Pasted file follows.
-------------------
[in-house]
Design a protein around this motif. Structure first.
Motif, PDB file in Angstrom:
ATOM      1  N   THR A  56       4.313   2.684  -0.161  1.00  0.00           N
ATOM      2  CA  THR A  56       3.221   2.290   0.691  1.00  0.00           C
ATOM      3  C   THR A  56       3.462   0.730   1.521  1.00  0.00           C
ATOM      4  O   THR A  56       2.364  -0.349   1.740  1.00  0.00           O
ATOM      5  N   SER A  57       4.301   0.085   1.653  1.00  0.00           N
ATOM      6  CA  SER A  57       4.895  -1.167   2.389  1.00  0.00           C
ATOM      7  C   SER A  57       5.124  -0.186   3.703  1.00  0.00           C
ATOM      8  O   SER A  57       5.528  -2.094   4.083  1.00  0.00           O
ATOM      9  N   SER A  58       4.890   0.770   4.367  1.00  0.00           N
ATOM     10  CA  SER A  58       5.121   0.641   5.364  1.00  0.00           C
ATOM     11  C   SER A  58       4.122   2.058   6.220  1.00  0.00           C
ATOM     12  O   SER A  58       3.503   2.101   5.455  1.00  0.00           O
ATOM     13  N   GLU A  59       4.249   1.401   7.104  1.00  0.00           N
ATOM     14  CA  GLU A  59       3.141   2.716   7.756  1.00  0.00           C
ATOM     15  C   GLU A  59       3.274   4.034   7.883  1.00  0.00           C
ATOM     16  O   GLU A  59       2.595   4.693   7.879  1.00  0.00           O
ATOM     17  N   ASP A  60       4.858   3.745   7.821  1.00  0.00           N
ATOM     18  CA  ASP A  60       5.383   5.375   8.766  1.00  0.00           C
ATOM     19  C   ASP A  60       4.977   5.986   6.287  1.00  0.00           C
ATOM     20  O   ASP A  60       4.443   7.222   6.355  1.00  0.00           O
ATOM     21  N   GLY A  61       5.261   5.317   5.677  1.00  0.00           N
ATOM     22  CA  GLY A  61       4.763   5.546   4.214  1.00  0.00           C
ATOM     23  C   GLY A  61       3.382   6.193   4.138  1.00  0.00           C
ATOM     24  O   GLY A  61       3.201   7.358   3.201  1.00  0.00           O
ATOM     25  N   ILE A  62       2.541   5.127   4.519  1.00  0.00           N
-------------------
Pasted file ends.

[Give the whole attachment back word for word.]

[in-house]
Design a protein around this motif. Structure first.
Motif, PDB file in Angstrom:
ATOM      1  N   THR A  56       4.313   2.684  -0.161  1.00  0.00           N
ATOM      2  CA  THR A  56       3.221   2.290   0.691  1.00  0.00           C
ATOM      3  C   THR A  56       3.462   0.730   1.521  1.00  0.00           C
ATOM      4  O   THR A  56       2.364  -0.349   1.740  1.00  0.00           O
ATOM      5  N   SER A  57       4.301   0.085   1.653  1.00  0.00           N
ATOM      6  CA  SER A  57       4.895  -1.167   2.389  1.00  0.00           C
ATOM      7  C   SER A  57       5.124  -0.186   3.703  1.00  0.00           C
ATOM      8  O   SER A  57       5.528  -2.094   4.083  1.00  0.00           O
ATOM      9  N   SER A  58       4.890   0.770   4.367  1.00  0.00           N
ATOM     10  CA  SER A  58       5.121   0.641   5.364  1.00  0.00           C
ATOM     11  C   SER A  58       4.122   2.058   6.220  1.00  0.00           C
ATOM     12  O   SER A  58       3.503   2.101   5.455  1.00  0.00           O
ATOM     13  N   GLU A  59       4.249   1.401   7.104  1.00  0.00           N
ATOM     14  CA  GLU A  59       3.141   2.716   7.756  1.00  0.00           C
ATOM     15  C   GLU A  59       3.274   4.034   7.883  1.00  0.00           C
ATOM     16  O   GLU A  59       2.595   4.693   7.879  1.00  0.00           O
ATOM     17  N   ASP A  60       4.858   3.745   7.821  1.00  0.00           N
ATOM     18  CA  ASP A  60       5.383   5.375   8.766  1.00  0.00           C
ATOM     19  C   ASP A  60       4.977   5.986   6.287  1.00  0.00           C
ATOM     20  O   ASP A  60       4.443   7.222   6.355  1.00  0.00           O
ATOM     21  N   GLY A  61       5.261   5.317   5.677  1.00  0.00           N
ATOM     22  CA  GLY A  61       4.763   5.546   4.214  1.00  0.00           C
ATOM     23  C   GLY A  61       3.382   6.193   4.138  1.00  0.00           C
ATOM     24  O   GLY A  61       3.201   7.358   3.201  1.00  0.00           O
ATOM     25  N   ILE A  62       2.541   5.127   4.519  1.00  0.00           N